“Oh, my mum is white.” It was dismissive. “She passed away.” Tilly glared at the older woman, and continued on to prevent any more questions and to get it over with. “My dad was Jim Coolman.”

“Oh, I’m sorry. You’re that Wirlomin mob.”

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“Yeah.” Surprised.

“You poor thing, losing both your parents.”

Tilly gave a little snort. “I only met my dad this year.” She looked past the woman to the bus. The silver-haired woman’s attention moved to the children, who had claimed their seats and were now pressing against the glass. Tilly danced around the colored shawls, the silver hair and waving arm. “See ya,” she said, glancing back from the steps of the bus.

Before he passed away her dad had as good as asked Tilly to make this trip, go to this camp.

“Where you headed, bub?” Gloria called after her.

From beside the driver, Tilly called, “Kepalup,” and kept moving.

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Seated near the back, unpacking phone and earbuds, Tilly allowed Gloria a little wave. The old woman was clutching her hands to her chest, as if distressed. Tilly wasn’t feeling so wonderful herself.

She put her bag on the seat between herself and the aisle and leaned against her reflection; beyond that was the rush and flow, the spiky, shape-shifting world of traffic lights, of shouting signs, of corners of glass and brick and steel, of vehicles merging and separating; people were fragments and shadows in tilted panes of glass and scattered shards of sunlight. Tilly’s fingers gripped each shirt cuff; her fingernails were gnawed to the quick. Smoothly, with the practiced ease of a nervous reflex, those raw fingertips found the text from her Uncle Gerry:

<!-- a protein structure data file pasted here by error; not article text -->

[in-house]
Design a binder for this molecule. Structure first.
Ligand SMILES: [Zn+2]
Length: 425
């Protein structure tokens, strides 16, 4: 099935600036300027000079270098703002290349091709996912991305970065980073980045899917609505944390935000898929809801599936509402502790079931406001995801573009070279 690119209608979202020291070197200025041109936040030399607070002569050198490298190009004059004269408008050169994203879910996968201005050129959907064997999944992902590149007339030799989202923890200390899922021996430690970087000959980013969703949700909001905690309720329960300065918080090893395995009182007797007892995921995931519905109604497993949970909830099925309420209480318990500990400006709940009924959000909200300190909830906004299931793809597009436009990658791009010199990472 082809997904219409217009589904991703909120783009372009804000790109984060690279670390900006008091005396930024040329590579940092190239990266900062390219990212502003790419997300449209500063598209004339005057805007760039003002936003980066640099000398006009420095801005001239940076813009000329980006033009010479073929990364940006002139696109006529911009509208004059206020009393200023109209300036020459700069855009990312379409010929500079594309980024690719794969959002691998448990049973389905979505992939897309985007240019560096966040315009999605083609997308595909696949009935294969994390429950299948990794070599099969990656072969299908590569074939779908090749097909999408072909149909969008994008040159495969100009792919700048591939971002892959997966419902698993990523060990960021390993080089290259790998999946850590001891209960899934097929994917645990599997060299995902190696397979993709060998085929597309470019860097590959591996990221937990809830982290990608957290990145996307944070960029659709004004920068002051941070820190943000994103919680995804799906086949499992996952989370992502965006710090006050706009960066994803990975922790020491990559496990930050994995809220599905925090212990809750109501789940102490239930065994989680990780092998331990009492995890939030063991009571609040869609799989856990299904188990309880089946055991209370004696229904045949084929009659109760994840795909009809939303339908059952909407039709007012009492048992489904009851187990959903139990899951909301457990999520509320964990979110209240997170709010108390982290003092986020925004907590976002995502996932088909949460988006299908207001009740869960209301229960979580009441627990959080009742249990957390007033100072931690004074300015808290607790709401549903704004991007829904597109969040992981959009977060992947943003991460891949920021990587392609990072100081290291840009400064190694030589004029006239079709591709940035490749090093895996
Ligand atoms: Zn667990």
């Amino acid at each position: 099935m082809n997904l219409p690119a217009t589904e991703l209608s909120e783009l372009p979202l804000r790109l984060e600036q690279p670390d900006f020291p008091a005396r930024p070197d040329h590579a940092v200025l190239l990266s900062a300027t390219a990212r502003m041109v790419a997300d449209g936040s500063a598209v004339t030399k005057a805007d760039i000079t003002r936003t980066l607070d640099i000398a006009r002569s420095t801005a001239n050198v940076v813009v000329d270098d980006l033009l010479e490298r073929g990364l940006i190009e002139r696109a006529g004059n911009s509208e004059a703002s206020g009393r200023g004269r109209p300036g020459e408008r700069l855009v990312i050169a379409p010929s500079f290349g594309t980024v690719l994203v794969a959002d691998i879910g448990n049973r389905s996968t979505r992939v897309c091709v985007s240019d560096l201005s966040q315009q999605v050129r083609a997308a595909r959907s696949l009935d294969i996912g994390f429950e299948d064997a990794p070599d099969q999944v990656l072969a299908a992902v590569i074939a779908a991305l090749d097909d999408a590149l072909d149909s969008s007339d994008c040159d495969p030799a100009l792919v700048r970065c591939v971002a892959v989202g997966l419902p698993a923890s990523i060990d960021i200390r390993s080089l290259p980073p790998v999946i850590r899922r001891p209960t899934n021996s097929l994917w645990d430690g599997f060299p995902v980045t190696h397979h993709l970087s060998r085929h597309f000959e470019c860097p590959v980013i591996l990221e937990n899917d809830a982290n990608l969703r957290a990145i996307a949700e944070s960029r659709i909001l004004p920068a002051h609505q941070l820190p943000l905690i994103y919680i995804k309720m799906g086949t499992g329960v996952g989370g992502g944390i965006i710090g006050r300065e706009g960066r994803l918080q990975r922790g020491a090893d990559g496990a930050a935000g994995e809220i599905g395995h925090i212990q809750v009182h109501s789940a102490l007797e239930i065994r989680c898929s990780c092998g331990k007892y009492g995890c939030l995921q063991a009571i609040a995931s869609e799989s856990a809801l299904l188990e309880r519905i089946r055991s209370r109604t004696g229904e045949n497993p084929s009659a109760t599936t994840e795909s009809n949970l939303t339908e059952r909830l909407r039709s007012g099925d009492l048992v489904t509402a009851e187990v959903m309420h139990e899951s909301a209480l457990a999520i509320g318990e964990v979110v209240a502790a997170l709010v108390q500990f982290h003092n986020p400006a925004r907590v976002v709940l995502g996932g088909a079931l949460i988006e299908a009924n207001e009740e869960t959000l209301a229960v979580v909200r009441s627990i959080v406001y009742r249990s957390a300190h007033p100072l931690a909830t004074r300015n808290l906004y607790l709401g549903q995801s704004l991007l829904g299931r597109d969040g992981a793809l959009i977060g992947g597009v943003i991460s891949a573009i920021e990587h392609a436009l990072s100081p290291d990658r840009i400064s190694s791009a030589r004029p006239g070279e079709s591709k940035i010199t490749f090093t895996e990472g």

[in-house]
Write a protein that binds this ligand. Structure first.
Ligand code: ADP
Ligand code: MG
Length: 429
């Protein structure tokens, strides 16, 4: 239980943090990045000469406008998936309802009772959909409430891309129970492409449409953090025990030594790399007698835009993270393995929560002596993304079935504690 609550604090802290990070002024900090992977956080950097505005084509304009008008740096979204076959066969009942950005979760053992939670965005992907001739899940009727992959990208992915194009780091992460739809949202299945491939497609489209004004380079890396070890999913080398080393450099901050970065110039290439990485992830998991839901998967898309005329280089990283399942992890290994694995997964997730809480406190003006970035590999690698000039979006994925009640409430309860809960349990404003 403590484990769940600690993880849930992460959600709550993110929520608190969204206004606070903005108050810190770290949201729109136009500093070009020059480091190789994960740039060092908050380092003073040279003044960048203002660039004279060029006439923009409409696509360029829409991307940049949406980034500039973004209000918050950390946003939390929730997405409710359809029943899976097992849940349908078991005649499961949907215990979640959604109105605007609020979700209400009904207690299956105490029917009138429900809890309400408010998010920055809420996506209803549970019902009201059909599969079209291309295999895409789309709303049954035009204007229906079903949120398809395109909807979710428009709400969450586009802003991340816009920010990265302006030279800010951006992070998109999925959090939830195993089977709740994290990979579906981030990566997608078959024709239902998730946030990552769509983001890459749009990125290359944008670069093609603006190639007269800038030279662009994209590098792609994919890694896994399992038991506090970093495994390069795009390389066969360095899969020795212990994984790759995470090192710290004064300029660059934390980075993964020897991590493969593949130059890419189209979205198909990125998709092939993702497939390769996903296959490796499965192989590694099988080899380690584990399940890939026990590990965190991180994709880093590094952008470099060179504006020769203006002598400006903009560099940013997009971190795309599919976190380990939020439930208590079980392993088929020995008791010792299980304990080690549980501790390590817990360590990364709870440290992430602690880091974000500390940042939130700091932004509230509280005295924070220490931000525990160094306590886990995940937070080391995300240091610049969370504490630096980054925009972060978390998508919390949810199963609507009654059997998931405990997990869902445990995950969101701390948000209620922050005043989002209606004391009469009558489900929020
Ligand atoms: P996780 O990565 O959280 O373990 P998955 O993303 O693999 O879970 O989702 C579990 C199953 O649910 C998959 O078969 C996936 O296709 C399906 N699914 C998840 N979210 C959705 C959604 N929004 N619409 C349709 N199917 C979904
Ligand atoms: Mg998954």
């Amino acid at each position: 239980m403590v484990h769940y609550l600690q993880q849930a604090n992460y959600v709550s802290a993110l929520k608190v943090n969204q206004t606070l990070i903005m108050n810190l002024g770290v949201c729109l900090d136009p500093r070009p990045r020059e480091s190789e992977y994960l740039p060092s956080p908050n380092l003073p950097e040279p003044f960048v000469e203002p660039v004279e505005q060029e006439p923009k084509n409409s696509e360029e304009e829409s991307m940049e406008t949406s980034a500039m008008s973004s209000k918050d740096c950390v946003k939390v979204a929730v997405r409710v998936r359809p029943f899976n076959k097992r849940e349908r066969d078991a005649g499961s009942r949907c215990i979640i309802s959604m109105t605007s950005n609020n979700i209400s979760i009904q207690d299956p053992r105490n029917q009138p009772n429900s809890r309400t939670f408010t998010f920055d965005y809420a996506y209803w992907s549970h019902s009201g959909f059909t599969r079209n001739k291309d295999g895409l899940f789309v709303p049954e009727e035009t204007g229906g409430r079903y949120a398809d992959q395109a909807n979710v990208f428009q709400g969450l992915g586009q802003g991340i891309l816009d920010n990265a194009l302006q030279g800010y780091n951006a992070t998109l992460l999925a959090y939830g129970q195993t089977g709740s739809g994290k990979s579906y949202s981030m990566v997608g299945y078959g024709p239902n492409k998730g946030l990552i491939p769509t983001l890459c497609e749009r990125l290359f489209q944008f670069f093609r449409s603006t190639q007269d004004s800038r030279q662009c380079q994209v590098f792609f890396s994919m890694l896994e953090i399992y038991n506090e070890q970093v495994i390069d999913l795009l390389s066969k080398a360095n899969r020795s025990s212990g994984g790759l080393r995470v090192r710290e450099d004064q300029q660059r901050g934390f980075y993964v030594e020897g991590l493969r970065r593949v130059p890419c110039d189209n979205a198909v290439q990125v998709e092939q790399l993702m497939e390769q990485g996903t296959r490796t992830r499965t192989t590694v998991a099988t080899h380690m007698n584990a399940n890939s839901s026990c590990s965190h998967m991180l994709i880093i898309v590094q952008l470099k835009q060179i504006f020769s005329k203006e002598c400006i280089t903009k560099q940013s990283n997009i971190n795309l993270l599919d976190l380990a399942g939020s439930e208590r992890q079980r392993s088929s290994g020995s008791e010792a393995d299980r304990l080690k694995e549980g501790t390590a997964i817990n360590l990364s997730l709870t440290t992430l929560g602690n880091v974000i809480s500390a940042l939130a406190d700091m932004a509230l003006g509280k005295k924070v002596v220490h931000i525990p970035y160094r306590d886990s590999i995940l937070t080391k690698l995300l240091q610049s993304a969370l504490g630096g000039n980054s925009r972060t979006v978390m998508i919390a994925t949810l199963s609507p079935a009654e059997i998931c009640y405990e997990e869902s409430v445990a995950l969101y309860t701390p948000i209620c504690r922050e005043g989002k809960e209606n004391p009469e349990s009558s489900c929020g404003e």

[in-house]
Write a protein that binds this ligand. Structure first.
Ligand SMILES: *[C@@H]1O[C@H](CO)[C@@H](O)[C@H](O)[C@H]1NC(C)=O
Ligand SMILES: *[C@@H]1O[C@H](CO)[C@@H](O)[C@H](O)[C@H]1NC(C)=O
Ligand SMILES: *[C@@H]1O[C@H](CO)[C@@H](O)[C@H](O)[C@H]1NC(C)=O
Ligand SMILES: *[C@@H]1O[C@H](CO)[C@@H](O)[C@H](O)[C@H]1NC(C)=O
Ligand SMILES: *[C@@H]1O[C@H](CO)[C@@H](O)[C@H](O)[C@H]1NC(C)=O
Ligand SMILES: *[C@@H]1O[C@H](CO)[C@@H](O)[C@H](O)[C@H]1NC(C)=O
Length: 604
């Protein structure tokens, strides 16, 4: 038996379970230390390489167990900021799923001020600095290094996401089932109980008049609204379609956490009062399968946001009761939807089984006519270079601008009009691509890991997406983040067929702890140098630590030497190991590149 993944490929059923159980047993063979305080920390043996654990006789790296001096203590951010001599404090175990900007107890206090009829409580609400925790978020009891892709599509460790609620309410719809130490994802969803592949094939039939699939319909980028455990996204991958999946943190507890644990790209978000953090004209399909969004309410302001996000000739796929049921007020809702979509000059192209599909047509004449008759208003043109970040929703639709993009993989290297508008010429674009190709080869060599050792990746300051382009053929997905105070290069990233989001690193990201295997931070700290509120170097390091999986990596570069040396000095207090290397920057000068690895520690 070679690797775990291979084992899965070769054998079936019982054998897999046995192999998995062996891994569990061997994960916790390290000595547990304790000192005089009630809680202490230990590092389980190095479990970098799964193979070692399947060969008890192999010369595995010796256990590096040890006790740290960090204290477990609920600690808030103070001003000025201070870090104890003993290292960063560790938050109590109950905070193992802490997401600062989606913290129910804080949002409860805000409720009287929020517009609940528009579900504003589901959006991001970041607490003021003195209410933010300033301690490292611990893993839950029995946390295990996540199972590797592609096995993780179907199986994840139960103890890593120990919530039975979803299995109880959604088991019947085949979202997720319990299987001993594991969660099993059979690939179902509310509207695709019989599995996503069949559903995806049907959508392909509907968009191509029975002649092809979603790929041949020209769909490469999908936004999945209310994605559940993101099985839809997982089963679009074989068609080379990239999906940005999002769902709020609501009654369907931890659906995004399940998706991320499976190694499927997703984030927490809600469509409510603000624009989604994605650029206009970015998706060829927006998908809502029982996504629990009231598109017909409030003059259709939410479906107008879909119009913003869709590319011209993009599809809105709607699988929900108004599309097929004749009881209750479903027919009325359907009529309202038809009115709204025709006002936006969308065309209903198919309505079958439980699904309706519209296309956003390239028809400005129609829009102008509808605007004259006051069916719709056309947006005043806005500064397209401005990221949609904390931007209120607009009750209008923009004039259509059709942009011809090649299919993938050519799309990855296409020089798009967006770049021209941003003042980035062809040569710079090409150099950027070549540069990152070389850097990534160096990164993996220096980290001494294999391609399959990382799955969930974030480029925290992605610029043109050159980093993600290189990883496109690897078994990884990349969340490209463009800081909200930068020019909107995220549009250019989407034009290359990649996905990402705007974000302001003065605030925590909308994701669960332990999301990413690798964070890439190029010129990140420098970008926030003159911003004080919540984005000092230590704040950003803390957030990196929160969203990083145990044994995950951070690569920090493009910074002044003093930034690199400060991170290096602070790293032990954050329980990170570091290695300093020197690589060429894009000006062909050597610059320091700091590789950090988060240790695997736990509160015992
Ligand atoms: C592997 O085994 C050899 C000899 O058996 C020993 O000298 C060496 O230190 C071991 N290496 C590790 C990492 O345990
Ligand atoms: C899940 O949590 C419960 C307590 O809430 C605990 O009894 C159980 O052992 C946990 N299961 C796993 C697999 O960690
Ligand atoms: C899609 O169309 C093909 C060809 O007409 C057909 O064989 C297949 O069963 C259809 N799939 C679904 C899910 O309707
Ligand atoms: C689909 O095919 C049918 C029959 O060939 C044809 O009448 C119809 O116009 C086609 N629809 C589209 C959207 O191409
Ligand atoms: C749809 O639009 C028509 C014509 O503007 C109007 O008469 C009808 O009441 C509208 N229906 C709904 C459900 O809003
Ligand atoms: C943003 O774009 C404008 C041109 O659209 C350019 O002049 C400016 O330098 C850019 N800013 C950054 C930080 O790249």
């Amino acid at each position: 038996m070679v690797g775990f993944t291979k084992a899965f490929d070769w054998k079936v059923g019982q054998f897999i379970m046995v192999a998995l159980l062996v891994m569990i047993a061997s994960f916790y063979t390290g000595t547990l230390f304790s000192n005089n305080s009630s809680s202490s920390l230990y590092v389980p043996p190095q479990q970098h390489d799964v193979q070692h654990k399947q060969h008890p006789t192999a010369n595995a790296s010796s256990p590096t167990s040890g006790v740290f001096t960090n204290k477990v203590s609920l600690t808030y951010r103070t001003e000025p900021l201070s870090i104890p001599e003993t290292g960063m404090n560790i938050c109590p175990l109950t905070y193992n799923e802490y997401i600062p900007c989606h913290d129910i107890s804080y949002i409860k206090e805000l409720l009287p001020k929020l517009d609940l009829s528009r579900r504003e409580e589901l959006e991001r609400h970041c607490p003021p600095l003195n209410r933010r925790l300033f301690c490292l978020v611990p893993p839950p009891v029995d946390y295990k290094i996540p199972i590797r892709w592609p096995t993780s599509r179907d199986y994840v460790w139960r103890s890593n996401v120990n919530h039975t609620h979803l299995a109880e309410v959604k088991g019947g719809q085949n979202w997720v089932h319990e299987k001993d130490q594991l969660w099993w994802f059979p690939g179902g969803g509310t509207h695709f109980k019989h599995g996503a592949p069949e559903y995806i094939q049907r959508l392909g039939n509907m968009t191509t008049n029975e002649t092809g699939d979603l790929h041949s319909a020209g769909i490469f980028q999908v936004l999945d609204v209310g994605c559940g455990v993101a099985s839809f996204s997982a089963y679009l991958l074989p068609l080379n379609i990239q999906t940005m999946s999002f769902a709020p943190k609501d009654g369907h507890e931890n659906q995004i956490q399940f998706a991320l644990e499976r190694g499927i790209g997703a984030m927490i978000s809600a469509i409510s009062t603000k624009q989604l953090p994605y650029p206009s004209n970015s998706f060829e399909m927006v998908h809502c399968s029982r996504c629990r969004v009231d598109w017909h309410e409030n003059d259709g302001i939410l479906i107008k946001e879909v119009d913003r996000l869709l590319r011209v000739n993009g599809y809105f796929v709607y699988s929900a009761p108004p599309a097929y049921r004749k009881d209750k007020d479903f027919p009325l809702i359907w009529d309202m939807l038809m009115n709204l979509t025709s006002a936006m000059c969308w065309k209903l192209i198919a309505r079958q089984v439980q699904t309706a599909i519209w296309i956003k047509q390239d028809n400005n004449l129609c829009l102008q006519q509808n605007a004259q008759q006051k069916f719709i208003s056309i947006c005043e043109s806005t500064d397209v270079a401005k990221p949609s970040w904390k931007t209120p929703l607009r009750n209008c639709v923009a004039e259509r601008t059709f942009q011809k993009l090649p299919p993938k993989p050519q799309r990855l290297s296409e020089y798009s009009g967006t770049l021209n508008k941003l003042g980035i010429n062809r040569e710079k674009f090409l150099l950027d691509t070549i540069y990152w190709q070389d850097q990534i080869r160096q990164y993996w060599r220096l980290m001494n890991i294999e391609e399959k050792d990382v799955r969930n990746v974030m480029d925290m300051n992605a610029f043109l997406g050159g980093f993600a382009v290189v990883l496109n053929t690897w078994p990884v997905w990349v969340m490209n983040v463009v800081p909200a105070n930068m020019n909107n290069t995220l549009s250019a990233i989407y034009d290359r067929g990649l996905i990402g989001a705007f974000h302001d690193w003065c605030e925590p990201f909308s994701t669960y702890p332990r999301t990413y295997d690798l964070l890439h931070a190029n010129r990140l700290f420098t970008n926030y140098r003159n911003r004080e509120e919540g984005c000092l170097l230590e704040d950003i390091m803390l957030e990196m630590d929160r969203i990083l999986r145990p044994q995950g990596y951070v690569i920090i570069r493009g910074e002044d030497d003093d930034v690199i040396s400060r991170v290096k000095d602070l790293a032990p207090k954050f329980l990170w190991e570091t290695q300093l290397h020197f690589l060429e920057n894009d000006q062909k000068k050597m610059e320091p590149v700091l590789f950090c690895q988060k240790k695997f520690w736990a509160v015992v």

Hi Tilly get Esperance bus to lake grace 2moro. Someone will pick you up there for the camp. Gerry. 

She’d replied, Ok, and a phone call from Nan Kathy had sorted it. Gerry was her dad’s cousin, Noongarway; connected by generation from an apical ancestor, as the legislation speaks it. Before he passed away her dad had as good as asked her to make this trip, go to this camp. “For me,” he might as well have said. “For all of us.”